The Right Math for the Right Problem Theory

The right math for the right problem


This narrative underscores the efficacy of Demand Driven Material Requirements Planning (DDMRP), emphasizing “the right math for the right problem.” It critiques the assumption that intricate solutions are inherently more effective, showcasing how DDMRP leverages straightforward mathematical principles to significantly enhance inventory management and service levels.

The discussion then pivots to showcasing real-world success stories and theoretical frameworks that validate DDMRP’s approach. Through examples of inventory reduction and cost efficiency, it advocates for using simplified mathematical models to navigate the complexities of supply chain management, stressing the importance of applying the right mathematical approach to each specific challenge.

The Efficiency of Simplified Mathematics in Demand-Driven Planning

Frequently, I encounter skepticism regarding the perceived simplicity of the mathematical principles underpinning Demand Driven Material Requirements Planning (DDMRP). Despite such criticisms, the practical application of these so-called “simple” equations has enabled my clients to achieve remarkable outcomes, including inventory reductions exceeding 40%, service level enhancements of 8%, and eradicating urgent, unforeseen expenses. This has led me to formulate several hypotheses on the subject.

Choosing Appropriate Mathematical Solutions

Kevin Boake introduces "The Right Math for the Right Problem," inspired by Einstein's principles, emphasizing B2WISE DDMRP software's unique ability to simplify complex supply chain challenges. This approach is designed for professionals seeking efficient, practical problem-solving tools in supply chain management.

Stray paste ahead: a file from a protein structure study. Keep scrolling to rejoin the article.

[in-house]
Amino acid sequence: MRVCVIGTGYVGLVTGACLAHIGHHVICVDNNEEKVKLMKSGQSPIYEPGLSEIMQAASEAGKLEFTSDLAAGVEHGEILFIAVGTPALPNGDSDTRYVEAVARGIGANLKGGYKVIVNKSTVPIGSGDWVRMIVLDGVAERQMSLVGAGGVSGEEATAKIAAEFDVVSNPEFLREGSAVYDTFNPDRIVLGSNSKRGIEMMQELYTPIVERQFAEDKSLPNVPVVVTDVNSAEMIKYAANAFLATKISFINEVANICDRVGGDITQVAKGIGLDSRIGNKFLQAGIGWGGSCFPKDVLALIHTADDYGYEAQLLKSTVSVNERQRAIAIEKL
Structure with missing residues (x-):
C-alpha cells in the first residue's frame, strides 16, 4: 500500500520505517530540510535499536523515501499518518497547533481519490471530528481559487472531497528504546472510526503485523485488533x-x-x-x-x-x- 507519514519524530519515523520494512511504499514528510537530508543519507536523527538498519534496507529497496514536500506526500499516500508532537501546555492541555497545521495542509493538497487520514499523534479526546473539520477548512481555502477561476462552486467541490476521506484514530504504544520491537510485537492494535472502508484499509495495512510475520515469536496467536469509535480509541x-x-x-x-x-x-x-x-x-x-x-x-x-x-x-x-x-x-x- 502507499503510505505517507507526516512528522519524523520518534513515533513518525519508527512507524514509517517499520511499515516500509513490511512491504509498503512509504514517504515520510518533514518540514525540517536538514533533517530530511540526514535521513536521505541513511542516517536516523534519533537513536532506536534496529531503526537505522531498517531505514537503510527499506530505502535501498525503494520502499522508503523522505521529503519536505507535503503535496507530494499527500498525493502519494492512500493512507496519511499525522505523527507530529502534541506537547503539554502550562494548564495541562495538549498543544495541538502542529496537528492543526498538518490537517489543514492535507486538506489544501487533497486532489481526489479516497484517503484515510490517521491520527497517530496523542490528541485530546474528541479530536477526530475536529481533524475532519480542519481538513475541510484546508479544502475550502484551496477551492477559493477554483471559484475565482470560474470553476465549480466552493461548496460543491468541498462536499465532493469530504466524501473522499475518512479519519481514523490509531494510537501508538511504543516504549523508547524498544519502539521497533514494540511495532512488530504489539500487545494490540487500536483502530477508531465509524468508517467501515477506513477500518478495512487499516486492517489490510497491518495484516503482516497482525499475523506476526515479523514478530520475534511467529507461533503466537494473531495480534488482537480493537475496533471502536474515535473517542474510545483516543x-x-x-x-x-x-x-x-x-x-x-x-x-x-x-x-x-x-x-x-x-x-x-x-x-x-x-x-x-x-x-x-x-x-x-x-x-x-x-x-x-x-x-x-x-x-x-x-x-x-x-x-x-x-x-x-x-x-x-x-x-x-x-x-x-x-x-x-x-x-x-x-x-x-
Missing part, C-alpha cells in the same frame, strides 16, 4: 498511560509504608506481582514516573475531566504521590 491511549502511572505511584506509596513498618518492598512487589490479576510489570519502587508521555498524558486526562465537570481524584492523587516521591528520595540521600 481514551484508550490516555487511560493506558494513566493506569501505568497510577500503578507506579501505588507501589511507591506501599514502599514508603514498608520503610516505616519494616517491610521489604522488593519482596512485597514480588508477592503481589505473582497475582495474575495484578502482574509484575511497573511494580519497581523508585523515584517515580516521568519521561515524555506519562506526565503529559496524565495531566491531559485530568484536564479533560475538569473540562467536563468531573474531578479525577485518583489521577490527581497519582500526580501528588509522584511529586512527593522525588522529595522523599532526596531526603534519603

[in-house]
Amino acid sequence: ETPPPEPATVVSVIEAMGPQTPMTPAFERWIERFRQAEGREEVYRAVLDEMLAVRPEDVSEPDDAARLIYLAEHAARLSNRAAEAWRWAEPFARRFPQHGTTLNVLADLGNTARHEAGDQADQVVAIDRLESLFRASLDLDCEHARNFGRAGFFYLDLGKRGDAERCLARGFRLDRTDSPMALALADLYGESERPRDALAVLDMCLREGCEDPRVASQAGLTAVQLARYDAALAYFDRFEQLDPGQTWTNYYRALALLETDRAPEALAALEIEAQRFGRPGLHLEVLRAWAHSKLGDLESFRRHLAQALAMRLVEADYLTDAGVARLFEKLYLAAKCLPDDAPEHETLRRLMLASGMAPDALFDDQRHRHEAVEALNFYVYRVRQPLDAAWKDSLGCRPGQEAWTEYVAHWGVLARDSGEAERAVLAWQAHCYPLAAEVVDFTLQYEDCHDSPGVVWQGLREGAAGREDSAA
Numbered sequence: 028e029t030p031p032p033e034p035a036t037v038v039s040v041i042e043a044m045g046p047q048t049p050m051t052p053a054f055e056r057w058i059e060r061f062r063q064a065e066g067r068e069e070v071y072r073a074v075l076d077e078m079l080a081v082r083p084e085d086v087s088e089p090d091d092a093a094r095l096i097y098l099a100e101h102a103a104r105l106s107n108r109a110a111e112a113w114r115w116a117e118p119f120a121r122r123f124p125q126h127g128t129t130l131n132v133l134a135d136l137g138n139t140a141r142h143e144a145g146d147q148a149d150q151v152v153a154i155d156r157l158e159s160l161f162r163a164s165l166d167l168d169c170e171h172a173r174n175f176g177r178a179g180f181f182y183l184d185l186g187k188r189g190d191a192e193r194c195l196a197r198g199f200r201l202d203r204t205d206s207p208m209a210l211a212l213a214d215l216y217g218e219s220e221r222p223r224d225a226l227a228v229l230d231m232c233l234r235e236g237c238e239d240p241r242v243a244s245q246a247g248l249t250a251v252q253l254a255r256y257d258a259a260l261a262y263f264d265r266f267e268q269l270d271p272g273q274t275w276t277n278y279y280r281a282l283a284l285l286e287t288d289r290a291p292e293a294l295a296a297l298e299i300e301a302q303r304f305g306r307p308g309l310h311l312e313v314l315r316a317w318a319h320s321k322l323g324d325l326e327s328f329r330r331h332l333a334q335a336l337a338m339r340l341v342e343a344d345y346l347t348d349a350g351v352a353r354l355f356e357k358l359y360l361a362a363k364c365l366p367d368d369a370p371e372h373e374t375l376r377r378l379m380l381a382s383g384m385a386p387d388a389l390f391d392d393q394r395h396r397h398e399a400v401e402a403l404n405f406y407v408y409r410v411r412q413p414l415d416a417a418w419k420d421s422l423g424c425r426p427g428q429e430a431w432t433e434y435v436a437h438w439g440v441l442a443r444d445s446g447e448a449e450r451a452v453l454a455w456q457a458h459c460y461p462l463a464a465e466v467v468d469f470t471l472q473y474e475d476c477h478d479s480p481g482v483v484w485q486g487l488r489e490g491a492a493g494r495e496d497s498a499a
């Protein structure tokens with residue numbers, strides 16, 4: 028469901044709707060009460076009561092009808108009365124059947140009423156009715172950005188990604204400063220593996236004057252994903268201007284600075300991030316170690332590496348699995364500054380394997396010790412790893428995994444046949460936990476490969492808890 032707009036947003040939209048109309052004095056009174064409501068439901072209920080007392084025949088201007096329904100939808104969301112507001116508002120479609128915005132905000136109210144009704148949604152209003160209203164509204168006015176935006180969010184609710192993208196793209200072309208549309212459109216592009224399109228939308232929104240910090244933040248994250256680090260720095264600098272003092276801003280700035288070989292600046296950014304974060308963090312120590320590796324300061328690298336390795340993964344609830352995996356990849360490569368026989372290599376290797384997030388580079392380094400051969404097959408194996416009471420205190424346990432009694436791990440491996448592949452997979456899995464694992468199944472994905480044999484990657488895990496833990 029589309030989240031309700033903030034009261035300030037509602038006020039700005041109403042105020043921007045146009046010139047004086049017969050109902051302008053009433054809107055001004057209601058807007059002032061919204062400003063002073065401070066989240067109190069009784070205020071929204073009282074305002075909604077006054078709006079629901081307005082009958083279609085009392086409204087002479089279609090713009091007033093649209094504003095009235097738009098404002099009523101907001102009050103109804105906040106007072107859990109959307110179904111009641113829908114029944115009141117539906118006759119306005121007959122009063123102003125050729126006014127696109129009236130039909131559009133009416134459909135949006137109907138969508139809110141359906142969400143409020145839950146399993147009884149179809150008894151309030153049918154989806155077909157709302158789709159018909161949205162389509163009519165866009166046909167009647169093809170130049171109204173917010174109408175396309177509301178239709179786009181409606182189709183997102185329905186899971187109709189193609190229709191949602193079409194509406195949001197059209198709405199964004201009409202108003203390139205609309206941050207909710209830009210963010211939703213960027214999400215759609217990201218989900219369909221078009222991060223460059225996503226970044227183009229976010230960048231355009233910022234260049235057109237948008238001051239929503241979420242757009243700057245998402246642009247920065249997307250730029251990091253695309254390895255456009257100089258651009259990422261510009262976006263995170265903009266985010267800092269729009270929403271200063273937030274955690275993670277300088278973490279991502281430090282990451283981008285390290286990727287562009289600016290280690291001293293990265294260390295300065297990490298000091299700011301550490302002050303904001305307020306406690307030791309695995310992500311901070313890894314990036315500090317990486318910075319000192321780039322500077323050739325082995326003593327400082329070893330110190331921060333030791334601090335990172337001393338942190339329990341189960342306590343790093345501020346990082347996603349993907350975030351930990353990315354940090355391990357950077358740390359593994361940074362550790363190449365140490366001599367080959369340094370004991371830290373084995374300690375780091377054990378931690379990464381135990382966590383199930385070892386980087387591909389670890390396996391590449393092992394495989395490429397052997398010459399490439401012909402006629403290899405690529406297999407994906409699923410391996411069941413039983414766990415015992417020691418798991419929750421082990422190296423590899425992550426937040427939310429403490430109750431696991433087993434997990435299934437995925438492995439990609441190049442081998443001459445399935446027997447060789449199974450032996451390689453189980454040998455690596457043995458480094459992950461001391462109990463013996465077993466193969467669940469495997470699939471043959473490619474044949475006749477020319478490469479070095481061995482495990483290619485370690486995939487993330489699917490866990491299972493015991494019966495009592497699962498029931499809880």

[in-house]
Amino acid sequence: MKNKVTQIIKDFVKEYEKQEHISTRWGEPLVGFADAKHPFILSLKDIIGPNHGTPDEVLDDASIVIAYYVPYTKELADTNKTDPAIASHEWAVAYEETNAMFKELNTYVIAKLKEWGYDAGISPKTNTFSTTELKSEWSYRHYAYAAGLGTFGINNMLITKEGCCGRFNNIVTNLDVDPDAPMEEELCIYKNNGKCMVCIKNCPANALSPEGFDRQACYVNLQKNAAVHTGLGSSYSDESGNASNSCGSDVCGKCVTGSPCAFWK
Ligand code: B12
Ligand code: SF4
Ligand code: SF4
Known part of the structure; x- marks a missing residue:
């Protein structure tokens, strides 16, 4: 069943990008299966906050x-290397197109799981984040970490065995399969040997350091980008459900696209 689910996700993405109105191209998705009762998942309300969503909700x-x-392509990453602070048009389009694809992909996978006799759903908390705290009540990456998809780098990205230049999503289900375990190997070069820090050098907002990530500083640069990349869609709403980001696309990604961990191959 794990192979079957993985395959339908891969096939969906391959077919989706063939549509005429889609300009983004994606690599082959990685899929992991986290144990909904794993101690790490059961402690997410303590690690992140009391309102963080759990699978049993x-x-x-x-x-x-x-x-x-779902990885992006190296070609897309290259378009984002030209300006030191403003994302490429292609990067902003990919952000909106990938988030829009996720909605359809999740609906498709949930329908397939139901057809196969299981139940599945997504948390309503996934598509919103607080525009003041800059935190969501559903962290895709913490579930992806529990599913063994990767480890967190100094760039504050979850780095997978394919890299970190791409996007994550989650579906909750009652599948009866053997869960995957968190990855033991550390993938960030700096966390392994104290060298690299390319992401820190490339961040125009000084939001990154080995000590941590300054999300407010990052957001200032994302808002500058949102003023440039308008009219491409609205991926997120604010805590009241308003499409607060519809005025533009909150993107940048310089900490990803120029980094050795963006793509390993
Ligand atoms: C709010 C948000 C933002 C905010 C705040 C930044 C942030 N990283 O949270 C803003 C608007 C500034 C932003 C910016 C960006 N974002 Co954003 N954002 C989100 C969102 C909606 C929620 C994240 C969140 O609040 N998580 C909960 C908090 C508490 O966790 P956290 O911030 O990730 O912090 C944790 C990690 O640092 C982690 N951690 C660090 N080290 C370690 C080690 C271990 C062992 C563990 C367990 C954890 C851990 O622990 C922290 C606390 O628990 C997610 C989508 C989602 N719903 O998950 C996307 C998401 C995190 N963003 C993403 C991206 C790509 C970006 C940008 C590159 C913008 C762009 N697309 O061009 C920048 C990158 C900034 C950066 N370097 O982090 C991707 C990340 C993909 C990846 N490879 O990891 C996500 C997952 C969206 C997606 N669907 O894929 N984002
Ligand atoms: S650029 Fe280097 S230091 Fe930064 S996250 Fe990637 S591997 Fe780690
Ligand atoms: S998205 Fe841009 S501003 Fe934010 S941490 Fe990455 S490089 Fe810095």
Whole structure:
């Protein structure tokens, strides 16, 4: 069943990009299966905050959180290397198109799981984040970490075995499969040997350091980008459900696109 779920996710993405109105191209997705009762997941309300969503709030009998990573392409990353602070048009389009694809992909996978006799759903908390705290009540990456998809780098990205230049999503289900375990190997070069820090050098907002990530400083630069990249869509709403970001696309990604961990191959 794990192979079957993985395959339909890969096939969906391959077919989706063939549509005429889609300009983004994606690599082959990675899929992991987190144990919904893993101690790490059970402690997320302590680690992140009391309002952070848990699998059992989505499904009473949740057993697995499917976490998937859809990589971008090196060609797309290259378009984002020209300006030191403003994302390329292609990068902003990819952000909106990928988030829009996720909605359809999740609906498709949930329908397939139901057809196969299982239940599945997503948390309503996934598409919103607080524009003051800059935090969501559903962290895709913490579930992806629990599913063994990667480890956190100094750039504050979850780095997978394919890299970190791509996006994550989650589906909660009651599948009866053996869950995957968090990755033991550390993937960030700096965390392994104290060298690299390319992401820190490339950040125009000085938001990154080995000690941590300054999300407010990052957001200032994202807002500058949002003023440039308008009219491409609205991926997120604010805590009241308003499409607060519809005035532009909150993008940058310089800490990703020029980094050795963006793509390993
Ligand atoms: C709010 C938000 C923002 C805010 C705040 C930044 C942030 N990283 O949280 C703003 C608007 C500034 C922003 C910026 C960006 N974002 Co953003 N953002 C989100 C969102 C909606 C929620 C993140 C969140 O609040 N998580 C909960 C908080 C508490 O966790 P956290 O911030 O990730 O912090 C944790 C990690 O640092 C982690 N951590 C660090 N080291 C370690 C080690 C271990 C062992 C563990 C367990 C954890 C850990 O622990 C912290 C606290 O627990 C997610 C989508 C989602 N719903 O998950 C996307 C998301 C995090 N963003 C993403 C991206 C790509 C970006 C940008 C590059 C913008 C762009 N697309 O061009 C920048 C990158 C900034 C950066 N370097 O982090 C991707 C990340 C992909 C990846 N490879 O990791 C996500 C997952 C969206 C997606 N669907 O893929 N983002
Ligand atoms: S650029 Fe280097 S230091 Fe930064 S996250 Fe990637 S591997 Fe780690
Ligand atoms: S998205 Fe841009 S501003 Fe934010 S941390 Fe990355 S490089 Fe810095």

There’s a common misstep in applying overly complex mathematical theories to problems that require straightforward solutions. For example, employing Einstein’s theory of relativity for solving basic quadratic equations might appear sophisticated but impractical. Every mathematical formula is designed with a specific context in mind. Demanding Planners decipher complex equations amidst operational turmoil is neither effective nor appropriate. Providing Planners with accessible tools that don’t require an advanced degree in mathematics for interpretation can yield unexpectedly positive outcomes.

The Dilemma of Overlooking Precise Calculations

What draws me to mathematics is the assurance of definitive answers. However, having spent two decades advocating for Advanced Planning and Scheduling (APS) optimization solutions, I find it disheartening to see intricate and costly mathematical solutions overlooked. Demand-driven approaches have reaffirmed the value of operating within acceptable inventory ranges and the benefits of initial approximations over precise inaccuracies. Over time, the actual worth of sophisticated mathematics emerges through continuous improvement processes that enhance Order Signal Integrity and identify Model Outliers.

It’s important to clarify that my support for advanced mathematics is unwavering. At b2wise, we integrate cutting-edge tools such as AWS’ Machine Learning for refined demand forecasting and Right Size Inventory’s Monte Carlo Simulations for optimizing inventory levels, but only after establishing a solid foundation with basic mathematical principles.

In conclusion, the correct mathematical approach, tailored to the specific needs and timing of supply chain planning, can significantly enhance inventory management and operational efficiency. The initial step involves simplifying mathematical models to ensure they are practical and accessible for Planners. Subsequently, more complex mathematical solutions can be employed to refine and optimize supply chain operations further.


Q1: How does simplifying mathematical models benefit supply chain planning? A1: Simplifying models makes them more accessible and practical for planners, ensuring immediate improvements in inventory management and operational efficiency without the need for advanced mathematical knowledge.

Q2: When should more complex mathematical solutions be introduced? A2: Complex solutions should be considered once the foundational models are effectively implemented and there’s a need for further refinement and optimization of supply chain operations.

Q3: Can simplified mathematical models truly enhance operational efficiency? A3: Yes, by focusing on the essentials and eliminating unnecessary complexity, simplified models can provide clear, actionable insights, leading to significant improvements in efficiency.

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